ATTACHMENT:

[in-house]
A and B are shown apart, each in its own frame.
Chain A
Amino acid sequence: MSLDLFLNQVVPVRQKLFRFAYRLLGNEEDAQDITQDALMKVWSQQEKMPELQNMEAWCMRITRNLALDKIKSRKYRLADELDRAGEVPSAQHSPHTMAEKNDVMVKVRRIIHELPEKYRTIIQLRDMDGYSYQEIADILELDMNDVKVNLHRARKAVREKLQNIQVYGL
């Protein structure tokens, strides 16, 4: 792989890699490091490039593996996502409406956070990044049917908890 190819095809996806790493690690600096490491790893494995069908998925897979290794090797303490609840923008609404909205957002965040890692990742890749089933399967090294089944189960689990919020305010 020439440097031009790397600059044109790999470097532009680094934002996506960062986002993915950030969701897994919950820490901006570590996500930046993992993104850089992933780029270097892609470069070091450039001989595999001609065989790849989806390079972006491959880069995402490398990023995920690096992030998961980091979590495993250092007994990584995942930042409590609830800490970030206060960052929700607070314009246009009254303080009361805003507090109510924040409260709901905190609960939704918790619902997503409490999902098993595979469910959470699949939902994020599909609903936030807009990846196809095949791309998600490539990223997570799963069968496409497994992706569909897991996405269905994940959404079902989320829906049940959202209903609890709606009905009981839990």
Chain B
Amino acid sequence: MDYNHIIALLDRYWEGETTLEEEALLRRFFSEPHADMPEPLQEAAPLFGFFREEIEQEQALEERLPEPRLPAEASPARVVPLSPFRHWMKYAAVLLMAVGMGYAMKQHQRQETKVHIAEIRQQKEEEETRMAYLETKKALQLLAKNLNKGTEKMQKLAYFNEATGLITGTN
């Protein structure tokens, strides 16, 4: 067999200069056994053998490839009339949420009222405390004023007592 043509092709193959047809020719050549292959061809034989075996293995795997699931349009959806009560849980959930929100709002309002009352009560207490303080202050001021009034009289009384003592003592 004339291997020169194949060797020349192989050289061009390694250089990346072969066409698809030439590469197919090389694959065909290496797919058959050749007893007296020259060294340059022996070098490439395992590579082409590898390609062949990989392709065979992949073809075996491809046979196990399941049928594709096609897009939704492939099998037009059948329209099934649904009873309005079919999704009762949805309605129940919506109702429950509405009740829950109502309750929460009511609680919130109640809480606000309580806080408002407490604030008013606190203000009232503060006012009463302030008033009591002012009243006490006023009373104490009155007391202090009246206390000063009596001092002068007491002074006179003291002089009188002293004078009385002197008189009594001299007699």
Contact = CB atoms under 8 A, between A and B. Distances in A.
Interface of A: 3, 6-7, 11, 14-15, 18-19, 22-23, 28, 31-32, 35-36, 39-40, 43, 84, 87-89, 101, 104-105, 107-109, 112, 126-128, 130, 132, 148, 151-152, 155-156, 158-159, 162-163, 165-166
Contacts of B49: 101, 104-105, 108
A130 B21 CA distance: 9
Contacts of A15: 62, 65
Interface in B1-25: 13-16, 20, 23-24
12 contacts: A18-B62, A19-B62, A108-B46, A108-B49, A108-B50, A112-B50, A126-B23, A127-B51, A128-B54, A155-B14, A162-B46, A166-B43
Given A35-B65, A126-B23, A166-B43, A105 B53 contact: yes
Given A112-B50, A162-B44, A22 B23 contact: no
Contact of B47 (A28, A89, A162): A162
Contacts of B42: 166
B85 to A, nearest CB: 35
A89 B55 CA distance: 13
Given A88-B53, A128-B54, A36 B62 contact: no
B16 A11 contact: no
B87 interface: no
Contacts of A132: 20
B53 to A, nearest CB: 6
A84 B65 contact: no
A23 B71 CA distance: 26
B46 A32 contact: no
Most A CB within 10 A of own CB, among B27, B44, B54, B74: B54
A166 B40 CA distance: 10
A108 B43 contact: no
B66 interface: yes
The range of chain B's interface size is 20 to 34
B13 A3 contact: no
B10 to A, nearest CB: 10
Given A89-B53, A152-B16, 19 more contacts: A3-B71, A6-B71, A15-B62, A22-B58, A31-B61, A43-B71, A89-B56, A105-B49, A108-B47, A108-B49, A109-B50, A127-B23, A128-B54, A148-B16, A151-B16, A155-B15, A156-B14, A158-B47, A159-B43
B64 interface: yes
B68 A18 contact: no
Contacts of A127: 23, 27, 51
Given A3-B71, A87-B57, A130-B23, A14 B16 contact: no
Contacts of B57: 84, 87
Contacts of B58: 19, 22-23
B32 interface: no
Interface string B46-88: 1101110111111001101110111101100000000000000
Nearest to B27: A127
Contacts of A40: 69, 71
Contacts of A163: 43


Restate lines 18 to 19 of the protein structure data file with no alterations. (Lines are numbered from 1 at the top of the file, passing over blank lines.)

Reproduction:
Contact of B47 (A28, A89, A162): A162
Contacts of B42: 166